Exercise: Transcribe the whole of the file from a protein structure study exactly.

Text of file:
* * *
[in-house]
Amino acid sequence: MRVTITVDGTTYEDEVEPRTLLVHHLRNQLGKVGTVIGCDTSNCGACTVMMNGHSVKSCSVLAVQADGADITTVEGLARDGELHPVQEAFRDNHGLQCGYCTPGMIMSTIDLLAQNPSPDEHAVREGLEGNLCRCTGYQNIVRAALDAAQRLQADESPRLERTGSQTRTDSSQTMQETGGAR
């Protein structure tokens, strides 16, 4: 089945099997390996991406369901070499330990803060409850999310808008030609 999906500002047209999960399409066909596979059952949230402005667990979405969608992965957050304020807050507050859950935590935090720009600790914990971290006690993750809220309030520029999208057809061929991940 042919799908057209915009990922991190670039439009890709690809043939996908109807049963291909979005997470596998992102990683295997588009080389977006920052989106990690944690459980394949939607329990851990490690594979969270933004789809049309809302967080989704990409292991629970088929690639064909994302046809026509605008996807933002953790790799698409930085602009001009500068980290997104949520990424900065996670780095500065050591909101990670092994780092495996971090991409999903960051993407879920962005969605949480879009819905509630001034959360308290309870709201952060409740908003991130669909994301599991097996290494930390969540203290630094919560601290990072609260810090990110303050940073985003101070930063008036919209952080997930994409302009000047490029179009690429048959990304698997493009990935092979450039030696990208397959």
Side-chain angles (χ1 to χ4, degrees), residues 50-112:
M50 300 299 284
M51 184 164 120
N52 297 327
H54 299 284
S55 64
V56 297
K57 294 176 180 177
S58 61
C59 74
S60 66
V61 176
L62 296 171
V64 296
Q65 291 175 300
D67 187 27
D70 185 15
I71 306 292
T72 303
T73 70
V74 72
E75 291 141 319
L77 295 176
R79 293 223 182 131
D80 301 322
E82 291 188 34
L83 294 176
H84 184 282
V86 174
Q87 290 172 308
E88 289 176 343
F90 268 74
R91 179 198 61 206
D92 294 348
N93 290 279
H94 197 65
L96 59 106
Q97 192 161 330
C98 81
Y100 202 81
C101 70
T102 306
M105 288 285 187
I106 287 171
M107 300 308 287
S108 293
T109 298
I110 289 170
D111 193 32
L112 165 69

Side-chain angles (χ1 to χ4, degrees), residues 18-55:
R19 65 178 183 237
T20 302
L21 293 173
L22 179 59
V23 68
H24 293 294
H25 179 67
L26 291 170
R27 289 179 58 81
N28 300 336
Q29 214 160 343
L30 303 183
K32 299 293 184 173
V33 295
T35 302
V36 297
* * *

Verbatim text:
[in-house]
Amino acid sequence: MRVTITVDGTTYEDEVEPRTLLVHHLRNQLGKVGTVIGCDTSNCGACTVMMNGHSVKSCSVLAVQADGADITTVEGLARDGELHPVQEAFRDNHGLQCGYCTPGMIMSTIDLLAQNPSPDEHAVREGLEGNLCRCTGYQNIVRAALDAAQRLQADESPRLERTGSQTRTDSSQTMQETGGAR
């Protein structure tokens, strides 16, 4: 089945099997390996991406369901070499330990803060409850999310808008030609 999906500002047209999960399409066909596979059952949230402005667990979405969608992965957050304020807050507050859950935590935090720009600790914990971290006690993750809220309030520029999208057809061929991940 042919799908057209915009990922991190670039439009890709690809043939996908109807049963291909979005997470596998992102990683295997588009080389977006920052989106990690944690459980394949939607329990851990490690594979969270933004789809049309809302967080989704990409292991629970088929690639064909994302046809026509605008996807933002953790790799698409930085602009001009500068980290997104949520990424900065996670780095500065050591909101990670092994780092495996971090991409999903960051993407879920962005969605949480879009819905509630001034959360308290309870709201952060409740908003991130669909994301599991097996290494930390969540203290630094919560601290990072609260810090990110303050940073985003101070930063008036919209952080997930994409302009000047490029179009690429048959990304698997493009990935092979450039030696990208397959």
Side-chain angles (χ1 to χ4, degrees), residues 50-112:
M50 300 299 284
M51 184 164 120
N52 297 327
H54 299 284
S55 64
V56 297
K57 294 176 180 177
S58 61
C59 74
S60 66
V61 176
L62 296 171
V64 296
Q65 291 175 300
D67 187 27
D70 185 15
I71 306 292
T72 303
T73 70
V74 72
E75 291 141 319
L77 295 176
R79 293 223 182 131
D80 301 322
E82 291 188 34
L83 294 176
H84 184 282
V86 174
Q87 290 172 308
E88 289 176 343
F90 268 74
R91 179 198 61 206
D92 294 348
N93 290 279
H94 197 65
L96 59 106
Q97 192 161 330
C98 81
Y100 202 81
C101 70
T102 306
M105 288 285 187
I106 287 171
M107 300 308 287
S108 293
T109 298
I110 289 170
D111 193 32
L112 165 69

Side-chain angles (χ1 to χ4, degrees), residues 18-55:
R19 65 178 183 237
T20 302
L21 293 173
L22 179 59
V23 68
H24 293 294
H25 179 67
L26 291 170
R27 289 179 58 81
N28 300 336
Q29 214 160 343
L30 303 183
K32 299 293 184 173
V33 295
T35 302
V36 297